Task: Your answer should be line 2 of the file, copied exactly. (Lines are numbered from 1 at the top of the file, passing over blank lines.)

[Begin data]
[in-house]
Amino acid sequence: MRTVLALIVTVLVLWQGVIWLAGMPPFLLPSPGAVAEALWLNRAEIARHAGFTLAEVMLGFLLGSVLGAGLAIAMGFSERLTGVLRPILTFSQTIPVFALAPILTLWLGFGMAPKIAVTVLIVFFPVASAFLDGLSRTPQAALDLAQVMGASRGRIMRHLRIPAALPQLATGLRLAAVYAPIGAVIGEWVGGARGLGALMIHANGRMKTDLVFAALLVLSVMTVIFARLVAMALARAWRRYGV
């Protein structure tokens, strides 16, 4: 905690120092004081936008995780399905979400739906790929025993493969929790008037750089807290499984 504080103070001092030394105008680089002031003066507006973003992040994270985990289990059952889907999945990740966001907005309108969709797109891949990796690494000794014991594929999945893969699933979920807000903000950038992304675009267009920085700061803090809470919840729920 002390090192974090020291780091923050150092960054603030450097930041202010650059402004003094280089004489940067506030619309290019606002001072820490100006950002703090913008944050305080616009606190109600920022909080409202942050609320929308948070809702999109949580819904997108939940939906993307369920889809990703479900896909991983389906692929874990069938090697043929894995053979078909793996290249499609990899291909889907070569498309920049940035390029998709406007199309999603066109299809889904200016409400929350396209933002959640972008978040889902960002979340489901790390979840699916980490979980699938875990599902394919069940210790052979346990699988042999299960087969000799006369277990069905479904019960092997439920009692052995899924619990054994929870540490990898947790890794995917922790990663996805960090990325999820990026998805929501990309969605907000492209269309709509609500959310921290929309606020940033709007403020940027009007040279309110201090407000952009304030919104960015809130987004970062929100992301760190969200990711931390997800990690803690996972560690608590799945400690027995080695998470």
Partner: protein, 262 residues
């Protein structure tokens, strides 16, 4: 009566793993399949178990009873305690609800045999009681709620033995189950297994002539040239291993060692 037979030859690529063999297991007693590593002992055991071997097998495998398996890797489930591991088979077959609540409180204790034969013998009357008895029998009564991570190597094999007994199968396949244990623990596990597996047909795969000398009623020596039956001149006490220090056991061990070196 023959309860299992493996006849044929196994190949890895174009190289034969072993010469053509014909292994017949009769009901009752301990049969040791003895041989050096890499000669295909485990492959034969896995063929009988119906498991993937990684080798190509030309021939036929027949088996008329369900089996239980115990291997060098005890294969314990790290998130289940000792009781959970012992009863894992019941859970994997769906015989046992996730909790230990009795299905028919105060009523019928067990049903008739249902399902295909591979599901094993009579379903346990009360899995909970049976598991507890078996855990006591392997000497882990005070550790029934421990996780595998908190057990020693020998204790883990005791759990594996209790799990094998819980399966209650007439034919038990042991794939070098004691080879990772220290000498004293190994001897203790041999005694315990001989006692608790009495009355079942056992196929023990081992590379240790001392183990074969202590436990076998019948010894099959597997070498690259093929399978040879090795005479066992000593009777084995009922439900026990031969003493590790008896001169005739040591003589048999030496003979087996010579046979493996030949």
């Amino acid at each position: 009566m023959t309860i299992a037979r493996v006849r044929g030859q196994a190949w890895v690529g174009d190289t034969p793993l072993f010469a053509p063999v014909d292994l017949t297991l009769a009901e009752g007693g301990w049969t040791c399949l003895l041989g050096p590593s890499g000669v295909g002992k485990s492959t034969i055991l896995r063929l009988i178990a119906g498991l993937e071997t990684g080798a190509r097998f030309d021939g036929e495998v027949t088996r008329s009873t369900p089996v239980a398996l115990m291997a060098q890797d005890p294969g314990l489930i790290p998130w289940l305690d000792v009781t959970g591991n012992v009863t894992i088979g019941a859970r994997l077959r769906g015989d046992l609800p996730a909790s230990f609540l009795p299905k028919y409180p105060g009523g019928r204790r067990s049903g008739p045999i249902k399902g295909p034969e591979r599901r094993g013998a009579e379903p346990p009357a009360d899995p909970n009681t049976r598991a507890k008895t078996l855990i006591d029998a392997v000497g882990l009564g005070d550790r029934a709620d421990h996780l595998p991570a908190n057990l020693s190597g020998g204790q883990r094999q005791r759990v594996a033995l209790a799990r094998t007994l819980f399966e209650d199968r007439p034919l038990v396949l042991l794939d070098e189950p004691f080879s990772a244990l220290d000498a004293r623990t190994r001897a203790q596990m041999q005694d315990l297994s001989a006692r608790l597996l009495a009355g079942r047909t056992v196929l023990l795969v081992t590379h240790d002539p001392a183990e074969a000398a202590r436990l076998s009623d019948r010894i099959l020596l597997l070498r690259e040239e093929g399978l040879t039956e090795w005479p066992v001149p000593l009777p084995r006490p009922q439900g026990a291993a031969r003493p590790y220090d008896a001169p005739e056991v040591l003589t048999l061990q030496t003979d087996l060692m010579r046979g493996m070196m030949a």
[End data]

Amino acid sequence: MRTVLALIVTVLVLWQGVIWLAGMPPFLLPSPGAVAEALWLNRAEIARHAGFTLAEVMLGFLLGSVLGAGLAIAMGFSERLTGVLRPILTFSQTIPVFALAPILTLWLGFGMAPKIAVTVLIVFFPVASAFLDGLSRTPQAALDLAQVMGASRGRIMRHLRIPAALPQLATGLRLAAVYAPIGAVIGEWVGGARGLGALMIHANGRMKTDLVFAALLVLSVMTVIFARLVAMALARAWRRYGV